Joseph realized that God is kind. God is kind, and so Joseph could be kind, too.
This past Wednesday, in one of his online meditations, a saint of our own time illustrated this principle in another way. Richard Rohr, the jolly Franciscan, said,
“a Christian is someone who’s met one, because this whole thing is contagious! When we meet a person of a certain quality of maturity, we too can become more mature. We meet a patient person and we learn how to be patient. We meet a loving person and we learn how to be loving. That’s the way human beings operate. When we meet a really grounded, happy, and free person, we become more like that because we’ll be satisfied with nothing less. This whole thing, our faith, spreads through and by the quality of our relationships.” (from Richard Rohr’s Daily Meditation, February 16, 2022, Center for Action and Contemplation).
The principle is this: God is kind. If we imitate a kind God, we grow into kindness, too. If we imitate a forgiving God, we grow into forgiveness, too.
In today’s gospel lesson in Luke, from his Sermon on the Plain, Jesus is talking about this very principle.
The verse here from Luke has a similar cadence: “Forgive, and it shall be forgiven you.” But here is the point. There are two ways to believe this verse! The first way is the old way, the scolding way, as if God is a cold-hearted judge, commanding us to forgive if we want to be forgiven.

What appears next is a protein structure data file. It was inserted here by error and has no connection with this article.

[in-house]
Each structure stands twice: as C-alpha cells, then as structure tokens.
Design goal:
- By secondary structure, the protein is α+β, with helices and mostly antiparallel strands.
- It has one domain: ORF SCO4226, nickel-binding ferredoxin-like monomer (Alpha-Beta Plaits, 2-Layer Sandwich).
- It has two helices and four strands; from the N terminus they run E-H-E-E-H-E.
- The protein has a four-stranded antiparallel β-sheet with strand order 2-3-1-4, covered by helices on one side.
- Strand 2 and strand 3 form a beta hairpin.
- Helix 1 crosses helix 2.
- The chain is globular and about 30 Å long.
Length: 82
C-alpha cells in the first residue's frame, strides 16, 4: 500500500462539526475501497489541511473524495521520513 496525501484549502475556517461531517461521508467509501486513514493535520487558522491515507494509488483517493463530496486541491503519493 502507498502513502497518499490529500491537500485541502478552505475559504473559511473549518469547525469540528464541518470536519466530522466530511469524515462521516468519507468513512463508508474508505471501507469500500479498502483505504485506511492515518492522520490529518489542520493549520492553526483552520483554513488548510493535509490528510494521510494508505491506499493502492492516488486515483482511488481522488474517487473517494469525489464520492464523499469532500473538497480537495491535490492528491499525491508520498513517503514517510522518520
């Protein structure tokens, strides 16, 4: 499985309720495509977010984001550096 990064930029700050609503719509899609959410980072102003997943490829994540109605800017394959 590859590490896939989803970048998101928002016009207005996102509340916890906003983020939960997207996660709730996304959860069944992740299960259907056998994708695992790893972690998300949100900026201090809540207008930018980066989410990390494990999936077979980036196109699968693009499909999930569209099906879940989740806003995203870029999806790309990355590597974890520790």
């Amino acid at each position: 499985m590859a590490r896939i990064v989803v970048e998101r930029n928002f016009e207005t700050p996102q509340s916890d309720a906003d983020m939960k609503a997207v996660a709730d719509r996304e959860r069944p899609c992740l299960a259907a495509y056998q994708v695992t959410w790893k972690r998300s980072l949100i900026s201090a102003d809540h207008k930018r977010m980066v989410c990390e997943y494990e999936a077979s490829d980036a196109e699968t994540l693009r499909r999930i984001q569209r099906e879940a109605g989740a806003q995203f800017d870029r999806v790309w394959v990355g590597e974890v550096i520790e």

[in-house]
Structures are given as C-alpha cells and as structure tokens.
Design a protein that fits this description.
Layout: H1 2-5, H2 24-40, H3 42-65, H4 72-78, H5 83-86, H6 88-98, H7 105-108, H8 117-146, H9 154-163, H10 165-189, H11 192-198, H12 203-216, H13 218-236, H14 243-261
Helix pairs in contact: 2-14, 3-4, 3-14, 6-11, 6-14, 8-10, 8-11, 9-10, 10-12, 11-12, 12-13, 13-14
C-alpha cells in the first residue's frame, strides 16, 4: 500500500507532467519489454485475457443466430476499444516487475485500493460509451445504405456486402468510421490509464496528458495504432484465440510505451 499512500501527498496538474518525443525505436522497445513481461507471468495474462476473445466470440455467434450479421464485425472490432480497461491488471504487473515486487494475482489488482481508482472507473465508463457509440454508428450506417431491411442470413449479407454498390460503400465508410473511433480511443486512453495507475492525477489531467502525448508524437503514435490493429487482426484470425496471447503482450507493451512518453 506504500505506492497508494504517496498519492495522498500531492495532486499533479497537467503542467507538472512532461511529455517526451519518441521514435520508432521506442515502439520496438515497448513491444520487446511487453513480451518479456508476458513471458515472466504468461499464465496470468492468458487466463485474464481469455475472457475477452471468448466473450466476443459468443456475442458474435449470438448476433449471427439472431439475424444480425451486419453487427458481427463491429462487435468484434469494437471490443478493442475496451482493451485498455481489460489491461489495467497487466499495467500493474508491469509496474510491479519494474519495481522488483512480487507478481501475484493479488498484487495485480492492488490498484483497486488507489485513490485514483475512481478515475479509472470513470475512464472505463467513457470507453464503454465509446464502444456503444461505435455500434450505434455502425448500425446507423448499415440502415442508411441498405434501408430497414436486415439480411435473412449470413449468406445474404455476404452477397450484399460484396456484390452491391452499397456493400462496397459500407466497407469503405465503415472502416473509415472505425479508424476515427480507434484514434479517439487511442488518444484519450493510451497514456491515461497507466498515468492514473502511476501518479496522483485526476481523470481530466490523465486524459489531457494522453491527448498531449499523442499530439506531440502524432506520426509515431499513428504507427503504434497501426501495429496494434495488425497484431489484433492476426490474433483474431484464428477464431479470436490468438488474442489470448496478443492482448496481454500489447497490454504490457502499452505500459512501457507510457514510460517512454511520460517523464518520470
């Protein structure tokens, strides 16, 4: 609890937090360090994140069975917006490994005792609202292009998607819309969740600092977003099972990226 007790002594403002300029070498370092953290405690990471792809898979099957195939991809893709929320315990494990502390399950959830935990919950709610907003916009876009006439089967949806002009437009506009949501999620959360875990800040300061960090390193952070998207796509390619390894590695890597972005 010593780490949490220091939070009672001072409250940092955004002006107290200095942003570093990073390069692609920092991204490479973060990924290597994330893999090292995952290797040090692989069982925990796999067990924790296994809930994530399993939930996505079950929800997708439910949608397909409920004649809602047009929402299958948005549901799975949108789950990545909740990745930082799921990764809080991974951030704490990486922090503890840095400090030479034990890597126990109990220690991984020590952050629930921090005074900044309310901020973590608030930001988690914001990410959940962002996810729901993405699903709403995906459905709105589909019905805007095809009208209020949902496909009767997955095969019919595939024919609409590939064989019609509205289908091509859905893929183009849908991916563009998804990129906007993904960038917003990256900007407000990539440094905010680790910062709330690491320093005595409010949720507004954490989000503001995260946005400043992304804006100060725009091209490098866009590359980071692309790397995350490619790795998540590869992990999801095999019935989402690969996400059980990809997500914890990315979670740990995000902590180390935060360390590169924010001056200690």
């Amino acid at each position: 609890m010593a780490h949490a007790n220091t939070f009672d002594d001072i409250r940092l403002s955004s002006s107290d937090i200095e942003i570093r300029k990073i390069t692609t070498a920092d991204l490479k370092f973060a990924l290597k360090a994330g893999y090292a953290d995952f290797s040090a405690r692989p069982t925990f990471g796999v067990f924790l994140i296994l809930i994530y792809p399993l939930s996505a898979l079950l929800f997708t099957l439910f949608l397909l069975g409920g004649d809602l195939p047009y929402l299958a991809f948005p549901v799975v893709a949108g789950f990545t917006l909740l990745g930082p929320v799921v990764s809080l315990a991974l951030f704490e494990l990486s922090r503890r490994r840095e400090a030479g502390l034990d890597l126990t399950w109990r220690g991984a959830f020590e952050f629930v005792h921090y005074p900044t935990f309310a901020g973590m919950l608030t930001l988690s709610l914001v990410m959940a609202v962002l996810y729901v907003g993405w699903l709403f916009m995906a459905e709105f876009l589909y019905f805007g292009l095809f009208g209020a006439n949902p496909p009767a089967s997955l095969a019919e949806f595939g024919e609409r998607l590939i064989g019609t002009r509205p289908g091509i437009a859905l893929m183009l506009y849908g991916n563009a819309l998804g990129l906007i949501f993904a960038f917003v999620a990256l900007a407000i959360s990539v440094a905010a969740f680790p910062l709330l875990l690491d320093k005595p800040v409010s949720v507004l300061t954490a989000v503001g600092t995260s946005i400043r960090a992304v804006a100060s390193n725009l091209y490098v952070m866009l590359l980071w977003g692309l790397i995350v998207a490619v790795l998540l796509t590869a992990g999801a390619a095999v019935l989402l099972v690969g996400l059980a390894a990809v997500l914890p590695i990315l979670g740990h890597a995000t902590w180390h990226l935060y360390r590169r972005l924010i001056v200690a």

It is wrong. We don’t get forgiven because someone is keeping score, as if it is some transaction. Again, it is not about a judge keeping score. No. We get forgiven because of an amazingly natural process, maybe even a biological, physical process, certainly a spiritual principle. We become whom we imitate. We grow into the people with whom we spend time, to whom we listen, whom we involuntarily imitate even, whom we worship. We get forgiven, naturally, as we forgive.
If we spend our time and energy listening to scolders, we will become scolders. If we spend our time with mean judgement, we become mean judges. If we spend our time with forgivers, behold, we become kind forgivers.
I thank God for the kind people among us today. And I thank God for kind churches, where the world learns gentleness and forgiveness.
Jesus sums it up by saying, “The measure you give will be the measure you get back.” It is a natural, spiritual principle: We get back what we give into the world. God teaches us, through the Church, through each other, to give this world mercy and loving kindness.